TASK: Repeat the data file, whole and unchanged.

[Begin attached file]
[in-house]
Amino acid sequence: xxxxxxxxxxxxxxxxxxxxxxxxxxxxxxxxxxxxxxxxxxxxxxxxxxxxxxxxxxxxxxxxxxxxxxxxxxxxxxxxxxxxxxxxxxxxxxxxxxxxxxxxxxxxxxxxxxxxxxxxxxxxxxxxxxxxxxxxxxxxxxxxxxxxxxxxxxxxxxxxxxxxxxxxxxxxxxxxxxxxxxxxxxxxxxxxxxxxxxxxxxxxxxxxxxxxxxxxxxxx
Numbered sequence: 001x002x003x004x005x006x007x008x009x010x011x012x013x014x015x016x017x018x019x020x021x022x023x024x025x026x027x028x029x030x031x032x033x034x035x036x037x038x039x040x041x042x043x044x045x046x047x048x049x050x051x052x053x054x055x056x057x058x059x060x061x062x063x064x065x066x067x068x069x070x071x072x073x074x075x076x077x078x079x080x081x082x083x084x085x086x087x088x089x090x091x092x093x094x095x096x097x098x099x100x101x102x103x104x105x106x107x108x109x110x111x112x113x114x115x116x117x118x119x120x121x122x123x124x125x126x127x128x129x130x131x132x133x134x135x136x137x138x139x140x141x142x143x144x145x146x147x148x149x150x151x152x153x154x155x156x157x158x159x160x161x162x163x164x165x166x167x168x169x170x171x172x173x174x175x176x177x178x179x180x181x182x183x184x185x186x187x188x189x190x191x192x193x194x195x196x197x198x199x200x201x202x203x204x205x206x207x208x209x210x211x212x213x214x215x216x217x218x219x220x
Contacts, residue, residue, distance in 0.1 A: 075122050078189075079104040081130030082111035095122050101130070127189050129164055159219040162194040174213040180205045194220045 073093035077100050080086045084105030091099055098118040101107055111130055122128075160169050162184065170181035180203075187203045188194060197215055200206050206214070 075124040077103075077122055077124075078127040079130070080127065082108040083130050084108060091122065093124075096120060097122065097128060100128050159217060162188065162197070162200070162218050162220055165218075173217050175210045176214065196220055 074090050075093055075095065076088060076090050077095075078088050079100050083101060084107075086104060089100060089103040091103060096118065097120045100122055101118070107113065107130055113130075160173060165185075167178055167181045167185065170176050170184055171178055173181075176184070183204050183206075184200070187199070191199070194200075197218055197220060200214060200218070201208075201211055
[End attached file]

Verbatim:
[in-house]
Amino acid sequence: xxxxxxxxxxxxxxxxxxxxxxxxxxxxxxxxxxxxxxxxxxxxxxxxxxxxxxxxxxxxxxxxxxxxxxxxxxxxxxxxxxxxxxxxxxxxxxxxxxxxxxxxxxxxxxxxxxxxxxxxxxxxxxxxxxxxxxxxxxxxxxxxxxxxxxxxxxxxxxxxxxxxxxxxxxxxxxxxxxxxxxxxxxxxxxxxxxxxxxxxxxxxxxxxxxxxxxxxxxxx
Numbered sequence: 001x002x003x004x005x006x007x008x009x010x011x012x013x014x015x016x017x018x019x020x021x022x023x024x025x026x027x028x029x030x031x032x033x034x035x036x037x038x039x040x041x042x043x044x045x046x047x048x049x050x051x052x053x054x055x056x057x058x059x060x061x062x063x064x065x066x067x068x069x070x071x072x073x074x075x076x077x078x079x080x081x082x083x084x085x086x087x088x089x090x091x092x093x094x095x096x097x098x099x100x101x102x103x104x105x106x107x108x109x110x111x112x113x114x115x116x117x118x119x120x121x122x123x124x125x126x127x128x129x130x131x132x133x134x135x136x137x138x139x140x141x142x143x144x145x146x147x148x149x150x151x152x153x154x155x156x157x158x159x160x161x162x163x164x165x166x167x168x169x170x171x172x173x174x175x176x177x178x179x180x181x182x183x184x185x186x187x188x189x190x191x192x193x194x195x196x197x198x199x200x201x202x203x204x205x206x207x208x209x210x211x212x213x214x215x216x217x218x219x220x
Contacts, residue, residue, distance in 0.1 A: 075122050078189075079104040081130030082111035095122050101130070127189050129164055159219040162194040174213040180205045194220045 073093035077100050080086045084105030091099055098118040101107055111130055122128075160169050162184065170181035180203075187203045188194060197215055200206050206214070 075124040077103075077122055077124075078127040079130070080127065082108040083130050084108060091122065093124075096120060097122065097128060100128050159217060162188065162197070162200070162218050162220055165218075173217050175210045176214065196220055 074090050075093055075095065076088060076090050077095075078088050079100050083101060084107075086104060089100060089103040091103060096118065097120045100122055101118070107113065107130055113130075160173060165185075167178055167181045167185065170176050170184055171178055173181075176184070183204050183206075184200070187199070191199070194200075197218055197220060200214060200218070201208075201211055